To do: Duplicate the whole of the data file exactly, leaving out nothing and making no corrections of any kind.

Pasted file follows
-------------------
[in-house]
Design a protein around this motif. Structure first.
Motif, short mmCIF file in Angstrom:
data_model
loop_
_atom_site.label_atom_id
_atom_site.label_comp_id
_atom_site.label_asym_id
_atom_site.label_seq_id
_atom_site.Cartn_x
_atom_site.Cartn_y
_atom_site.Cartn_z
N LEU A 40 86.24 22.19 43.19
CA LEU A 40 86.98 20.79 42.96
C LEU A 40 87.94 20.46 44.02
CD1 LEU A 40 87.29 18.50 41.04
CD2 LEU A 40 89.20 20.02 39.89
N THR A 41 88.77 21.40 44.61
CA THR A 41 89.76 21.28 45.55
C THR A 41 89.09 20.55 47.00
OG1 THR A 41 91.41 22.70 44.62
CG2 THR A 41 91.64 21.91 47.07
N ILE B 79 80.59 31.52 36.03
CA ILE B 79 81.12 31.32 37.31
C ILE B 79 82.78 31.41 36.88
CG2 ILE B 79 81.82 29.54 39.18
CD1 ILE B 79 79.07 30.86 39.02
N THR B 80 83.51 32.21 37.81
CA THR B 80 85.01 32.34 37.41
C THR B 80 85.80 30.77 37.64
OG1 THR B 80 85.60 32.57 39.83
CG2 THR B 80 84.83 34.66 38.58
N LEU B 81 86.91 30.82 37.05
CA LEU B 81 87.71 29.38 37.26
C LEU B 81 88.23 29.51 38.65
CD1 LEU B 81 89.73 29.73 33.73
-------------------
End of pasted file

[in-house]
Design a protein around this motif. Structure first.
Motif, short mmCIF file in Angstrom:
data_model
loop_
_atom_site.label_atom_id
_atom_site.label_comp_id
_atom_site.label_asym_id
_atom_site.label_seq_id
_atom_site.Cartn_x
_atom_site.Cartn_y
_atom_site.Cartn_z
N LEU A 40 86.24 22.19 43.19
CA LEU A 40 86.98 20.79 42.96
C LEU A 40 87.94 20.46 44.02
CD1 LEU A 40 87.29 18.50 41.04
CD2 LEU A 40 89.20 20.02 39.89
N THR A 41 88.77 21.40 44.61
CA THR A 41 89.76 21.28 45.55
C THR A 41 89.09 20.55 47.00
OG1 THR A 41 91.41 22.70 44.62
CG2 THR A 41 91.64 21.91 47.07
N ILE B 79 80.59 31.52 36.03
CA ILE B 79 81.12 31.32 37.31
C ILE B 79 82.78 31.41 36.88
CG2 ILE B 79 81.82 29.54 39.18
CD1 ILE B 79 79.07 30.86 39.02
N THR B 80 83.51 32.21 37.81
CA THR B 80 85.01 32.34 37.41
C THR B 80 85.80 30.77 37.64
OG1 THR B 80 85.60 32.57 39.83
CG2 THR B 80 84.83 34.66 38.58
N LEU B 81 86.91 30.82 37.05
CA LEU B 81 87.71 29.38 37.26
C LEU B 81 88.23 29.51 38.65
CD1 LEU B 81 89.73 29.73 33.73